Amanda Brazier

Lives in Chattanooga

My work explores man’s elemental interaction with his environment, particularly in the measured way he builds and inhabits shelter. Influenced by the forms and materials of primitive earth dwellings, my visual language is grounded in architecture and repetition. Like the building process, the paintings develop through stacking, weaving, and assembling simple forms. In addition to referencing the physical structure of a home, the textures and patterning of the paintings suggest woven cloths or quilts, also symbols of protection and comfort.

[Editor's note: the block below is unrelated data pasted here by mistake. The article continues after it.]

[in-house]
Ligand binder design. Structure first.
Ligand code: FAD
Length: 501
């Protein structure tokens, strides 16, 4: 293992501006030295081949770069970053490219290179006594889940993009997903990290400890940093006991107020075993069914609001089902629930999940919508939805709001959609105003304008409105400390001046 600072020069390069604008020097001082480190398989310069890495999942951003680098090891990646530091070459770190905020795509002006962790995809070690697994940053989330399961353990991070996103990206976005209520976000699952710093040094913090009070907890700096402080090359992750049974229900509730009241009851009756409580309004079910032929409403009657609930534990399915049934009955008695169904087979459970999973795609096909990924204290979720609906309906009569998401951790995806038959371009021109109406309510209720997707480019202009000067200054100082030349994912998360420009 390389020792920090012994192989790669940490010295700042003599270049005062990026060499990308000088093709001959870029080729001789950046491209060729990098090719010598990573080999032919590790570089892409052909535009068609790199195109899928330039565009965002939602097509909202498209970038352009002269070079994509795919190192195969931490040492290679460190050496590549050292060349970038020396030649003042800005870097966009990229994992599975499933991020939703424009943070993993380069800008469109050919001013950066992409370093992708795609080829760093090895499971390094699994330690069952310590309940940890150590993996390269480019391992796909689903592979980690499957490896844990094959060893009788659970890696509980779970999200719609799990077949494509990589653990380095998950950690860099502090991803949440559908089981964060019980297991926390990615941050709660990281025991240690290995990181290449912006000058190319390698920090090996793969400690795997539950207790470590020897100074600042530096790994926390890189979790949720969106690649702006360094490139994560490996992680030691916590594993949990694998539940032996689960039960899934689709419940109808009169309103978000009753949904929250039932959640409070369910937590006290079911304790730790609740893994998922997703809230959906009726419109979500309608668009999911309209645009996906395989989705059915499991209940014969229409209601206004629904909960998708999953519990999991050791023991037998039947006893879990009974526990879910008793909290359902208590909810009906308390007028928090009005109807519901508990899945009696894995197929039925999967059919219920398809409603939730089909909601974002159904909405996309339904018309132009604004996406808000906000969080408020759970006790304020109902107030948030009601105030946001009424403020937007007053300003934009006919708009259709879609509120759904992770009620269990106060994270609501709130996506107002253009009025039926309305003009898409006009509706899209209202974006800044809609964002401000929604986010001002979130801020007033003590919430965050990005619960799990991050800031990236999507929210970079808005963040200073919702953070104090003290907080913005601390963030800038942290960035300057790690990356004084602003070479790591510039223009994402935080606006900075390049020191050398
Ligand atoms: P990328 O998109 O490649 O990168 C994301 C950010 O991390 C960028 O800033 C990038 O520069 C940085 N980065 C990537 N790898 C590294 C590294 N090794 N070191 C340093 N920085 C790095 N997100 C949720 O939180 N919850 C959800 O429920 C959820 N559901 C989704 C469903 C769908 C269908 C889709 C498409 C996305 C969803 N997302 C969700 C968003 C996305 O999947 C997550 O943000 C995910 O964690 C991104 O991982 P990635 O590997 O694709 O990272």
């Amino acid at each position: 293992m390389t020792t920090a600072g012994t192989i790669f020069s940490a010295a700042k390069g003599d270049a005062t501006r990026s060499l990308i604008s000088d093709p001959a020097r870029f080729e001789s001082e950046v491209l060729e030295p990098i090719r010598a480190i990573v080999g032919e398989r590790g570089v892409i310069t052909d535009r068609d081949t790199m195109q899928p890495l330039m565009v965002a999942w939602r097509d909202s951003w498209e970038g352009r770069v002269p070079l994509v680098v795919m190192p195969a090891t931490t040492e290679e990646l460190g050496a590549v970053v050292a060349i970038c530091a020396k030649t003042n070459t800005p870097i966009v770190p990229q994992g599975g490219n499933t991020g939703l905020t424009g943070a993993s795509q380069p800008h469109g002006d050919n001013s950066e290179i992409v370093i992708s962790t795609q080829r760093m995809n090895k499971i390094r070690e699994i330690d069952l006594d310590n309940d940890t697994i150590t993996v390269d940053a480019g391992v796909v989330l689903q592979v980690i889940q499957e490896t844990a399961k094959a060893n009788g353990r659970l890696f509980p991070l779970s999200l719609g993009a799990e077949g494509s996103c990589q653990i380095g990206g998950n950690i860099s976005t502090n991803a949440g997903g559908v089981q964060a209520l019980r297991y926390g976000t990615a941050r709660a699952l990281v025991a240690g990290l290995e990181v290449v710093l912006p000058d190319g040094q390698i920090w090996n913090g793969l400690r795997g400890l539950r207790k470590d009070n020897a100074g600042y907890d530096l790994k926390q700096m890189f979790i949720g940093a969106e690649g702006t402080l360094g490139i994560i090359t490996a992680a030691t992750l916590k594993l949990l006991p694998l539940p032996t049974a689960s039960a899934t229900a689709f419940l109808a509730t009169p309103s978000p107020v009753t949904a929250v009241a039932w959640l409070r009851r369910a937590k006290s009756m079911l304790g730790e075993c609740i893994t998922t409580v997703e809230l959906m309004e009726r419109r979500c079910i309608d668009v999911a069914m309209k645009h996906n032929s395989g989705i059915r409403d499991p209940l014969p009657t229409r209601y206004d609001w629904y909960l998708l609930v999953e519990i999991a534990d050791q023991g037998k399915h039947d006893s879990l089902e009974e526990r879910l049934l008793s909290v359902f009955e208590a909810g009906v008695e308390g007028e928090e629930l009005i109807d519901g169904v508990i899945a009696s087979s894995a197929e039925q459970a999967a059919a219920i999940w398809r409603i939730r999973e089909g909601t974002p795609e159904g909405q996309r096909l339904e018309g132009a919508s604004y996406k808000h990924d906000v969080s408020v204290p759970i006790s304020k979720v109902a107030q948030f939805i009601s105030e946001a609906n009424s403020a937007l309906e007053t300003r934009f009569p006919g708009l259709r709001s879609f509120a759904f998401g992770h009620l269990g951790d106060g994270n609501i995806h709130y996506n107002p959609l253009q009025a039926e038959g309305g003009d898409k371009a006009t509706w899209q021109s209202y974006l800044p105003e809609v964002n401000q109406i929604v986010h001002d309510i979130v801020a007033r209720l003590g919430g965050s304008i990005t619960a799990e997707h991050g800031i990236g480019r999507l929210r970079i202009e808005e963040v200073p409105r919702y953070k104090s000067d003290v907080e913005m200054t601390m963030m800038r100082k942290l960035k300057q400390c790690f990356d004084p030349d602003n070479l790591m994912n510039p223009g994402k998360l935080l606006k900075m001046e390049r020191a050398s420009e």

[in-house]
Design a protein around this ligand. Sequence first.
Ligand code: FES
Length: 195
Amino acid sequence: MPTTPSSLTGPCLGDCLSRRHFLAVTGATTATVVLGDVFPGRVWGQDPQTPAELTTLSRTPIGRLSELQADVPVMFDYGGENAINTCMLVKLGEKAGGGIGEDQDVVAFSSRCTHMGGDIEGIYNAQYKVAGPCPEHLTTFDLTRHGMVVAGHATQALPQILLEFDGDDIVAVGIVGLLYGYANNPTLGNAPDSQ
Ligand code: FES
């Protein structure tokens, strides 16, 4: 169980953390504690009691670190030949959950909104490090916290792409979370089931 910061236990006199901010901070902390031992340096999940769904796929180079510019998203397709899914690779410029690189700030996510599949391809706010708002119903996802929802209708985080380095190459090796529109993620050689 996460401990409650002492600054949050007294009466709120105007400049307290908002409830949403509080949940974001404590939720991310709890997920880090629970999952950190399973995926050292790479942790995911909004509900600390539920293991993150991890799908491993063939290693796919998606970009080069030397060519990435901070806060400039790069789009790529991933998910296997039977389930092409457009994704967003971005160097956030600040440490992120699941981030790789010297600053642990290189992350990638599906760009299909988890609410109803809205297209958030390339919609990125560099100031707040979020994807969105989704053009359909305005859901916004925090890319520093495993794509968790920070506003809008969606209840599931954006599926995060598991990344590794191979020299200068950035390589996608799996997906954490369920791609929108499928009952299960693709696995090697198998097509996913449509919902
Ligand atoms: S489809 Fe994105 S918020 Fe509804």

I make paint from pigments processed from the soils near my home, constructing a painted sanctuary with a sense of its origin.

  • B.A. Freed-Hardeman University



Handmade oil on panel The colors are “Edwin Olive”, “Stringer’s Ridge Terre Verte”, “Stringer’s Ridge Warm Black”, “Wildwood Terre Verte”- all local pigments!

*Edwin Olive was created from rock and pigment collected by the artist from the site of The Edwin Hotel

artwork displayed on a white wall

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